(WHTM) — Days before clocks will roll back for daylight saving time, a Pennsylvania lawmaker is renewing his call to end the practice.

Sen. Scott Martin (R-13) introduced a bill earlier this year to urge Congress to make daylight saving permanent, citing studies that show that the practice of changing the time leads to more accidents, health problems and a loss of productivity of more than $400 million annually.

“Every time we change the clocks, our citizens suffer from more health problems, accidents and a lack of productivity,” Martin said. “Avoiding the costly and dangerous health impacts of time changes is a commonsense solution to prevent these consequences.”

Martin is not alone in his efforts.

According to the National Conference of State Legislatures, lawmakers in nearly 30 states have attempted stop the practice in 2023 and state legislatures have considered at least 550 bills and resolutions addressing the issue in recent years.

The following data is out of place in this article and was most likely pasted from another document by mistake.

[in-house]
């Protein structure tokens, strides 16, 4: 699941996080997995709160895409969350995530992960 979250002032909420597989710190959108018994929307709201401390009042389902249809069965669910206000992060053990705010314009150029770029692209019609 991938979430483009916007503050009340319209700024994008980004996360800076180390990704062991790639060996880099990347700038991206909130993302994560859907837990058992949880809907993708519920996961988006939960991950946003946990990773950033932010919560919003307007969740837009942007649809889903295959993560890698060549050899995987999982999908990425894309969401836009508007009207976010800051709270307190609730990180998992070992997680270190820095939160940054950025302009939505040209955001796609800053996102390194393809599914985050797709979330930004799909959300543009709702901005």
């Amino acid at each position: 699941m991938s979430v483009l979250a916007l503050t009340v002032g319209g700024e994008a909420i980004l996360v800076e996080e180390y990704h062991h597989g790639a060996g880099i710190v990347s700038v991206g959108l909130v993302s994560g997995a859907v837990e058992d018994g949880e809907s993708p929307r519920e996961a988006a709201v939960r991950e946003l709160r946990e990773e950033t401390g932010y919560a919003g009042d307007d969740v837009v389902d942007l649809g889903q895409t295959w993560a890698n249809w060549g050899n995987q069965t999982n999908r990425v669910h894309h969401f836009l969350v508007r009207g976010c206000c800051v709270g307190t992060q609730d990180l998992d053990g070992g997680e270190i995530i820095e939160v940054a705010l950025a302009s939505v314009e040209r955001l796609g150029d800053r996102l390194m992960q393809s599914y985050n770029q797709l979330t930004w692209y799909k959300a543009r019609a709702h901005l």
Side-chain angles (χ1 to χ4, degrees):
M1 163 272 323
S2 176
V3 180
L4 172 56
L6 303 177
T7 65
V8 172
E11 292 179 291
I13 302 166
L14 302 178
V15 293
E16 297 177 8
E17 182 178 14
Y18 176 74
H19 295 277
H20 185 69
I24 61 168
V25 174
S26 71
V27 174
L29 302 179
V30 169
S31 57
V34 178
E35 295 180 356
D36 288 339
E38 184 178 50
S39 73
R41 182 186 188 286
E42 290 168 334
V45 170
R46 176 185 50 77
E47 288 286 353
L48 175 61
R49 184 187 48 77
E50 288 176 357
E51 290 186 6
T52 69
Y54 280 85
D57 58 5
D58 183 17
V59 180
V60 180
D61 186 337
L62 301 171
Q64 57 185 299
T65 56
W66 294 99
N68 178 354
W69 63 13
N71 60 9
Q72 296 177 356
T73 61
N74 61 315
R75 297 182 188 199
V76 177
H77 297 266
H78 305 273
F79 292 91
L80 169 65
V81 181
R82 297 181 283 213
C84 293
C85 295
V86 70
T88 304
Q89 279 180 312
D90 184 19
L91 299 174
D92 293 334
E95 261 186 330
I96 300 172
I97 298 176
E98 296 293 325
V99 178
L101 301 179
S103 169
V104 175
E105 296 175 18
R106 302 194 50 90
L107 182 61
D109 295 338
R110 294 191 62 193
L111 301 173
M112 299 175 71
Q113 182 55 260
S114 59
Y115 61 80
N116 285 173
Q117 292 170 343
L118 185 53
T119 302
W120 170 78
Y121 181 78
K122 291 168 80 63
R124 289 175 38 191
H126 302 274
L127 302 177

The moves have received bipartisan support but many have either failed or stalled, and because federal law does not currently allow full-time, the states have to wait for Congress to take action.

Florida Senator Marco Rubio introduced The Sunshine Protect Act last year and filed a bill to make daylight saving time permanent in March.

That bill also had bipartisan support in the Senate and was referred to the Committee on Commerce, Science, and Transportation. It’s still there.

The next time change will happen this Sunday, Nov. 5, 2023 at 2 a.m.